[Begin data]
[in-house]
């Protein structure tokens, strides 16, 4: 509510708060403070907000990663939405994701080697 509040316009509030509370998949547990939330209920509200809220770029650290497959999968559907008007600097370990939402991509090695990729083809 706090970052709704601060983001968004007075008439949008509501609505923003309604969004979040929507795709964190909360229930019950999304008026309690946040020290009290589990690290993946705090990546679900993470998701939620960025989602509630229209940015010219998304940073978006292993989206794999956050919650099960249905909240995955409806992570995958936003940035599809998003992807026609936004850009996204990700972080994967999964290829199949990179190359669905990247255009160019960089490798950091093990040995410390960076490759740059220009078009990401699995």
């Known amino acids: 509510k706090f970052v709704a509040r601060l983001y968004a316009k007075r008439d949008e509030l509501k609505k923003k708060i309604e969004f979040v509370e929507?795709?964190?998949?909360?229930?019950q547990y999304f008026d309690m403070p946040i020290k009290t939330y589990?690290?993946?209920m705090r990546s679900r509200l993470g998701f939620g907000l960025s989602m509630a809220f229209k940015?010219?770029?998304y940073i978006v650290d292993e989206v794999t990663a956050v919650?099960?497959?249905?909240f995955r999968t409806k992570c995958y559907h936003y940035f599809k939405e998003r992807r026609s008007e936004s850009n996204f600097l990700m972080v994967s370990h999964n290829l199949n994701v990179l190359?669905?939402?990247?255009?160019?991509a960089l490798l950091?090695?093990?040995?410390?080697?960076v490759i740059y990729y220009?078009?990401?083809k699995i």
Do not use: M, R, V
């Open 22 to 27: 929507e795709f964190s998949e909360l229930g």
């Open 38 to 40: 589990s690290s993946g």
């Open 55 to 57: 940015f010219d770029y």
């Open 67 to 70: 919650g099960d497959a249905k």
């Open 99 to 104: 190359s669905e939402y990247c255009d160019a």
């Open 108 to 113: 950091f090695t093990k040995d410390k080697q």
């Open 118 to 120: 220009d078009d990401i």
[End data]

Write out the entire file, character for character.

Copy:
[in-house]
């Protein structure tokens, strides 16, 4: 509510708060403070907000990663939405994701080697 509040316009509030509370998949547990939330209920509200809220770029650290497959999968559907008007600097370990939402991509090695990729083809 706090970052709704601060983001968004007075008439949008509501609505923003309604969004979040929507795709964190909360229930019950999304008026309690946040020290009290589990690290993946705090990546679900993470998701939620960025989602509630229209940015010219998304940073978006292993989206794999956050919650099960249905909240995955409806992570995958936003940035599809998003992807026609936004850009996204990700972080994967999964290829199949990179190359669905990247255009160019960089490798950091093990040995410390960076490759740059220009078009990401699995």
């Known amino acids: 509510k706090f970052v709704a509040r601060l983001y968004a316009k007075r008439d949008e509030l509501k609505k923003k708060i309604e969004f979040v509370e929507?795709?964190?998949?909360?229930?019950q547990y999304f008026d309690m403070p946040i020290k009290t939330y589990?690290?993946?209920m705090r990546s679900r509200l993470g998701f939620g907000l960025s989602m509630a809220f229209k940015?010219?770029?998304y940073i978006v650290d292993e989206v794999t990663a956050v919650?099960?497959?249905?909240f995955r999968t409806k992570c995958y559907h936003y940035f599809k939405e998003r992807r026609s008007e936004s850009n996204f600097l990700m972080v994967s370990h999964n290829l199949n994701v990179l190359?669905?939402?990247?255009?160019?991509a960089l490798l950091?090695?093990?040995?410390?080697?960076v490759i740059y990729y220009?078009?990401?083809k699995i």
Do not use: M, R, V
């Open 22 to 27: 929507e795709f964190s998949e909360l229930g």
């Open 38 to 40: 589990s690290s993946g």
């Open 55 to 57: 940015f010219d770029y």
């Open 67 to 70: 919650g099960d497959a249905k």
């Open 99 to 104: 190359s669905e939402y990247c255009d160019a």
């Open 108 to 113: 950091f090695t093990k040995d410390k080697q």
């Open 118 to 120: 220009d078009d990401i």